Recent events such as the bankruptcy of independent shop KSL and the merger between giant agency holding companies Publicis Groupe and Omnicom Group have raised questions about whether indie media shops can compete. But from the marketing industry's perspective, there's no question: They must continue to co-exist. Holding companies often are the best solution for clients that require global scale, but independent media agencies are structured to service clients wanting more custom, niche scale.
As the news goes, KSL's demise seems due to circumstances specific to that agency. The fact that its problems afflicted an independent media agency is purely coincidental.
Provided they have the specific team and abilities required for various tasks, independents often offer more flexibility to adapt media plans as conditions change. They offer a more focused level of service and customization than large shops can provide.
But there are further reasons that independents must, and will, survive. If the Omnicom and Publicis merger is approved, the combined billings will represent more than 42% of total global media billings, according to the Research Company Evaluating the Media Agency Industry. When an organization controls almost half of the world's media spending, there is incredible pressure on media partners to cut rates further to keep business.
But the TV networks can't increase their volume discounts endlessly, not if they want to remain healthy. And the largest buyers need so much ad inventory that they can't exactly walk away from everyone who eventually draws a line.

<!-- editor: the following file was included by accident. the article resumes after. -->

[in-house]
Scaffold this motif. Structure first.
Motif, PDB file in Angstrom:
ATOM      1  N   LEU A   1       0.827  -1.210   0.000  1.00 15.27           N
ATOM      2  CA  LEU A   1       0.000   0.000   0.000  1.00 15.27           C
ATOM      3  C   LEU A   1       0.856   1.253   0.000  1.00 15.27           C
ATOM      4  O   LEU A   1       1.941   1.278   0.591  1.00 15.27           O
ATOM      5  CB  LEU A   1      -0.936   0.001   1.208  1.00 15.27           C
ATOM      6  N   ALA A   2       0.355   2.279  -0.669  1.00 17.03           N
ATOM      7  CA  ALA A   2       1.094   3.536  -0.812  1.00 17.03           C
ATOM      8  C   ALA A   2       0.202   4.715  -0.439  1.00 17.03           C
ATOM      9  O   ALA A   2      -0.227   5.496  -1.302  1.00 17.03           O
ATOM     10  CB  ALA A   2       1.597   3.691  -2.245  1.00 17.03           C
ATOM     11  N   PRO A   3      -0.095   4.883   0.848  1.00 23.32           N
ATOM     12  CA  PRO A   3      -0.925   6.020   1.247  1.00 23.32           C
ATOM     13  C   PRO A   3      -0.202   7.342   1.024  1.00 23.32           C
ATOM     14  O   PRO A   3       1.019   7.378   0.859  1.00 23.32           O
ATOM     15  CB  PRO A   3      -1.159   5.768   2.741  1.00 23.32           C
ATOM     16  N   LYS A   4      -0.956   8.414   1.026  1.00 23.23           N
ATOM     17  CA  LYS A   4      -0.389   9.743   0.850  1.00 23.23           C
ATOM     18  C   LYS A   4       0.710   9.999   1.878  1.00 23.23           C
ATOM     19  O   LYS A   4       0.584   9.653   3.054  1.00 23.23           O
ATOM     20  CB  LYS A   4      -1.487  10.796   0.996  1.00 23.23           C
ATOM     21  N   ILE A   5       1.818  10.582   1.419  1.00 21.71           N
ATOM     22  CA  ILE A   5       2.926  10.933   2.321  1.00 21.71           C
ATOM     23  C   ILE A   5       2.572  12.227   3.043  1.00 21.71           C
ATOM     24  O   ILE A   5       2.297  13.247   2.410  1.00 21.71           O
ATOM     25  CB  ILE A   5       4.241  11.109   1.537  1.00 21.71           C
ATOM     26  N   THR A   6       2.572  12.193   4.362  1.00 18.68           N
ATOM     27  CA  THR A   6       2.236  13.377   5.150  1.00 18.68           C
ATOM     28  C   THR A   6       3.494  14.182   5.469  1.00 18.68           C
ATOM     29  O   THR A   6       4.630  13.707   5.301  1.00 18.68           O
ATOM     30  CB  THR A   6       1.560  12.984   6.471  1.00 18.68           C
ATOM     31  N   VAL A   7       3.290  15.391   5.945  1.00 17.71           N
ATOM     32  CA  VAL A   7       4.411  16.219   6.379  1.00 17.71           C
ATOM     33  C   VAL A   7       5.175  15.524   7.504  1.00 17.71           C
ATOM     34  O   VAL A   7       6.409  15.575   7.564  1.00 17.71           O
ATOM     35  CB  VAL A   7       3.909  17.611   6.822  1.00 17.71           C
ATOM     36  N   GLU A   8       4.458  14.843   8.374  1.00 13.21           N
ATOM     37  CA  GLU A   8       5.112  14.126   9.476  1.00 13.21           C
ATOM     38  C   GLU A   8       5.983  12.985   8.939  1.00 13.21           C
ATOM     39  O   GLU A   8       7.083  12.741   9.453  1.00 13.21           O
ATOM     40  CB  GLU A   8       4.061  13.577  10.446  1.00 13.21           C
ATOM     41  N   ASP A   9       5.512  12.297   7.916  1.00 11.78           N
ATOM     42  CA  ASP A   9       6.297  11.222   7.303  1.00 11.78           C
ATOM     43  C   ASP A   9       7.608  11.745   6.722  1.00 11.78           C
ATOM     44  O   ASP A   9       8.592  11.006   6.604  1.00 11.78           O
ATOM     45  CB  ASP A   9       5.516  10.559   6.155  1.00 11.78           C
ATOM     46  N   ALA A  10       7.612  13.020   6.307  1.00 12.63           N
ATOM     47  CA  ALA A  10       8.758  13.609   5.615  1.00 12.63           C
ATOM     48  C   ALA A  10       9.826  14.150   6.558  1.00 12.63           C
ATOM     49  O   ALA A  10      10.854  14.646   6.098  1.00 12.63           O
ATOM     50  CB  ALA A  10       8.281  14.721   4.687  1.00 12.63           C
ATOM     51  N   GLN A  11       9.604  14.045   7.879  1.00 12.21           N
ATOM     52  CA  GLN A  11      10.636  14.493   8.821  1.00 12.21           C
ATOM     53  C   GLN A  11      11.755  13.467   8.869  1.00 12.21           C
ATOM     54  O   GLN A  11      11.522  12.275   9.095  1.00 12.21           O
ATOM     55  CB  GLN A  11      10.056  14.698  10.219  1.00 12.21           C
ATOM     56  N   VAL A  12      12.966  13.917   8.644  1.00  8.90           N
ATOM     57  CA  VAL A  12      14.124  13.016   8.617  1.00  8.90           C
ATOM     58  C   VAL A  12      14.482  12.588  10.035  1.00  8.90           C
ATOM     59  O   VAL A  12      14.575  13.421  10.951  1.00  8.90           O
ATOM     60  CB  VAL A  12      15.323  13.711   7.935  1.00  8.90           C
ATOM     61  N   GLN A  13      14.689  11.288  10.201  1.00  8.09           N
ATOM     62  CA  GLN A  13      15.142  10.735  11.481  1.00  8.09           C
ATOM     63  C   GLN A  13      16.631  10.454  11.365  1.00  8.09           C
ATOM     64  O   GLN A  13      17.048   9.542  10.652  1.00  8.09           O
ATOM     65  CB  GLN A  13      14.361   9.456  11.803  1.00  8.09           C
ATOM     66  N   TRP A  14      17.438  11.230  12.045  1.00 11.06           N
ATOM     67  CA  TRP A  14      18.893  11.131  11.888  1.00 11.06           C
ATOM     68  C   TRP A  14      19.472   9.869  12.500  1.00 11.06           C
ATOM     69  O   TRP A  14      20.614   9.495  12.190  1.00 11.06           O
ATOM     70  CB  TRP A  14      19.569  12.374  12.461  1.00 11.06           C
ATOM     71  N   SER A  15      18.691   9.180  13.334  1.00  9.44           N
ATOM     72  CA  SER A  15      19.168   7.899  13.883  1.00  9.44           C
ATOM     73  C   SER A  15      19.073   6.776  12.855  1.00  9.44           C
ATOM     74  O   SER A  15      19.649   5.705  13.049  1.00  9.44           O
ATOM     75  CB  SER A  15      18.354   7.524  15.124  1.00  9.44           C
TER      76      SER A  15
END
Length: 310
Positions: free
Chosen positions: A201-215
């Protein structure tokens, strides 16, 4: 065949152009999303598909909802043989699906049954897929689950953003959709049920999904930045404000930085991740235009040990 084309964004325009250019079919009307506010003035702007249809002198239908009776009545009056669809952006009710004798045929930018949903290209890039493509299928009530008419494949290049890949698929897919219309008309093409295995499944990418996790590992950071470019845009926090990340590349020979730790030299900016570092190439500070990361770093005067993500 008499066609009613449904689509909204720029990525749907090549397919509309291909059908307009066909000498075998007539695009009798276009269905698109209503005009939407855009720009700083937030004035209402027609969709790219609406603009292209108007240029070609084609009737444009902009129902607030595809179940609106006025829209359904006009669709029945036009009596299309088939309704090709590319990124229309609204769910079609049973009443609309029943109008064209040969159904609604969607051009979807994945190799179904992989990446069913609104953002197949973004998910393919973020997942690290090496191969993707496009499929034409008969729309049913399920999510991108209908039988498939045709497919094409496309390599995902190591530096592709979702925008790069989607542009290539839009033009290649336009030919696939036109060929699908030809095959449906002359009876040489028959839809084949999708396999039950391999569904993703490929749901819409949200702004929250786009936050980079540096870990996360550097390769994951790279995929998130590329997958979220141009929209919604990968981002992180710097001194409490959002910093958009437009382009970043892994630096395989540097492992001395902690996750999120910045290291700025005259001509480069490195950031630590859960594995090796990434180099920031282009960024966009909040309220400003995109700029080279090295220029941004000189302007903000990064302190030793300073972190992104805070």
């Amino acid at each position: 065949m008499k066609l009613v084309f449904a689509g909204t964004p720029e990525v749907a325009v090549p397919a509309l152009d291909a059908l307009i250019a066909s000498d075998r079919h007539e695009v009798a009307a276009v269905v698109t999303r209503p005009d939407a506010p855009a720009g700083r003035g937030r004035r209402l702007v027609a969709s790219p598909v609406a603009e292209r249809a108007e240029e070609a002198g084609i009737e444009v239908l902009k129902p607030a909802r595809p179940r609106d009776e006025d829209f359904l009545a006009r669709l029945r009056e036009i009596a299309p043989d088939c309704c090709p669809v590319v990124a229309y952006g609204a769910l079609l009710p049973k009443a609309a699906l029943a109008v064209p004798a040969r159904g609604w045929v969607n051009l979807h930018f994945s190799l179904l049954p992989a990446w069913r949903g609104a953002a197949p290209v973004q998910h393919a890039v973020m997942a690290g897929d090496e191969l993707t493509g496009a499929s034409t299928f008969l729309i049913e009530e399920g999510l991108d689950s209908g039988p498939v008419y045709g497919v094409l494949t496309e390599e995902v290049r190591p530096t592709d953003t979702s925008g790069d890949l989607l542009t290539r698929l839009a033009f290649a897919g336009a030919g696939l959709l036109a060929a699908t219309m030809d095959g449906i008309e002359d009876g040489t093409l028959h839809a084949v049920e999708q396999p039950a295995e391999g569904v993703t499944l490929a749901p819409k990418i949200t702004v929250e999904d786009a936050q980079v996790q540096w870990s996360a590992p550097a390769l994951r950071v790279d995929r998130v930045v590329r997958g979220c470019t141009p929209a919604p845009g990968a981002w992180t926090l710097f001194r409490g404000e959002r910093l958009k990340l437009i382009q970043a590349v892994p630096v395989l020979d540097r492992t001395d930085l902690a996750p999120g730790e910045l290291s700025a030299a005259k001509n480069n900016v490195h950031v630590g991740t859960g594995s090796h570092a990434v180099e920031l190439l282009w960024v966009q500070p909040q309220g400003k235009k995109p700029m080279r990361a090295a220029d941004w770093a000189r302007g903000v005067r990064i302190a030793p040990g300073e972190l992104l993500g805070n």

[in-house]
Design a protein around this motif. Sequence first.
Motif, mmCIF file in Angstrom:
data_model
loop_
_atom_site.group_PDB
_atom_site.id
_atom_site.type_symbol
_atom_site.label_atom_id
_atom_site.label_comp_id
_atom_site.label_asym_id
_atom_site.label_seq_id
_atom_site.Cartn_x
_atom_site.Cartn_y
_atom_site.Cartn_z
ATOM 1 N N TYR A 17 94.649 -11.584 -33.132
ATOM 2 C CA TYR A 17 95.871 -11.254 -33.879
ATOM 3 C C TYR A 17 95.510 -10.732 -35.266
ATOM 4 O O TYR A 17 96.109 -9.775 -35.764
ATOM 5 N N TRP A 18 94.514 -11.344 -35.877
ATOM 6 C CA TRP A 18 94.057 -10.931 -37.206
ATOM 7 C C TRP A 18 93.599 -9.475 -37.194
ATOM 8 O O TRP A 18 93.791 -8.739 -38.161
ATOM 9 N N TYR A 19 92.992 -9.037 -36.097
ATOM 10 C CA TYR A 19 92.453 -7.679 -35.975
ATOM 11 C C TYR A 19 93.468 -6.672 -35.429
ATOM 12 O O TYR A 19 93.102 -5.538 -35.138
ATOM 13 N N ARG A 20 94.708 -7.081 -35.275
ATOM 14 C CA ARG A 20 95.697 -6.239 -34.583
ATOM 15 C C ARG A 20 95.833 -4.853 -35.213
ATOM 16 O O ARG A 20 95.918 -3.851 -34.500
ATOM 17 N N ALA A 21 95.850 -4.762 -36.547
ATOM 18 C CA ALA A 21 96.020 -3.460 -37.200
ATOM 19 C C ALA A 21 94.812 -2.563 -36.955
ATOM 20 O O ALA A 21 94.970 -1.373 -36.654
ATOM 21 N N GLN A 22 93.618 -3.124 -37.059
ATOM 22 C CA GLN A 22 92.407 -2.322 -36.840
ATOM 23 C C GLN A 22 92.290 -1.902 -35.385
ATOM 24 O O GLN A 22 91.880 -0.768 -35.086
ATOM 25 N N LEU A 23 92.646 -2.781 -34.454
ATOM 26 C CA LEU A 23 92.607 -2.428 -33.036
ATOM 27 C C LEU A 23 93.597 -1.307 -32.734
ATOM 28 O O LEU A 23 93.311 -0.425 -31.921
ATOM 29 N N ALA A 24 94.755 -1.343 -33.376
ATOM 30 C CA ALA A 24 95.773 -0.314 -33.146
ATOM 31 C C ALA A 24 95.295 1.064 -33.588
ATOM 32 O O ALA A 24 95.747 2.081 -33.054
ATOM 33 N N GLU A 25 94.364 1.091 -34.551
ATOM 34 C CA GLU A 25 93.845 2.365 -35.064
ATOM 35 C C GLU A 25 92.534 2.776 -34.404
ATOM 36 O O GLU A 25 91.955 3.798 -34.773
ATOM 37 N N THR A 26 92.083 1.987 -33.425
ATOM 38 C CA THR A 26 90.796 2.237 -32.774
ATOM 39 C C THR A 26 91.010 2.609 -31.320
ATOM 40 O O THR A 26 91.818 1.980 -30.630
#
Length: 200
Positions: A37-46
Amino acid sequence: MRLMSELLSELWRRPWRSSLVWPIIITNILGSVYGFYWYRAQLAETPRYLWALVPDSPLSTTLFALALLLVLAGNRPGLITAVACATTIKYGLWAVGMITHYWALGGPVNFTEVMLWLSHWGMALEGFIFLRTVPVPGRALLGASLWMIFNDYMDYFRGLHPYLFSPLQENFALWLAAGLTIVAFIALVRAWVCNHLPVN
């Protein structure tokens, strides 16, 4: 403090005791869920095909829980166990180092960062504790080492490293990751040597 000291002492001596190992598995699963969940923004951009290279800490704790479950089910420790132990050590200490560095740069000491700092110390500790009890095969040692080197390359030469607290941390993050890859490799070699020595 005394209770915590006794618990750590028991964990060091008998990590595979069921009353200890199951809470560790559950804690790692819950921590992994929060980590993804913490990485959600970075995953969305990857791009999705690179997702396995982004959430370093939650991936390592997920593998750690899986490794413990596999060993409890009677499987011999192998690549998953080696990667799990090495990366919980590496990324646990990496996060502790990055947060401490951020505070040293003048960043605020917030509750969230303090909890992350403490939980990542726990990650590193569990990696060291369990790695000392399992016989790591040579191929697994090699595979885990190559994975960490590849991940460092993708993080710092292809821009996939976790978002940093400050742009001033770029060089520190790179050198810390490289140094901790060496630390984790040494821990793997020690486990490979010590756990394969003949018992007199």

Even once the deals are cut, there's another issue for brands. When giant holding company agencies commit to a TV network, they must honor this commitment through their clients, whether or not it's the right strategy or best placement for each individual brand. An independent media agency can react to the market and understand pricing based on each client's goals, without being held to broader client commitments on their agency roster.
Independent agencies answer to ourselves, not a larger company or shareholders. We are not held to earnouts or specific profitability metrics handed down from above. Nor are we at the mercy of the overall success of the agencies around us. Our focus is on our clients and their success while earning a fair profit.
We consistently read about holding companies diversifying their services through acquisition -- from trading desks and barter solutions to research companies. These companies are purchased with the promise of receiving new revenue from other agencies in the network. Mandates are often given that agencies must stay "in network" for the best solution or even funnel a percentage of dollars to the network. Having this restriction or expectation is never the best solution for clients. Independent agencies pick the best solution for the client, regardless of who provides it or their affiliation. It's our job to be agnostic not only in our media selection, but also in our partner selection.
Independent agencies know their limitations. Our clients are "right" for us. We can never over-represent our size. In most cases, the business we manage is in the $10 million to $50 million billing range. This size of client is typically top-tier for us and gets the attention and the best-in-class work they deserve.
No client wants to be a small fish in a big pond. And smaller clients can get lost at the holding-company level. In many cases, clients like to pick the well-known agency as the "safe choice." But that's not always going to end well.
It's better if there is an agency out there for everyone. Clients should always determine where they fall when choosing an agency and set expectations for their level of service.
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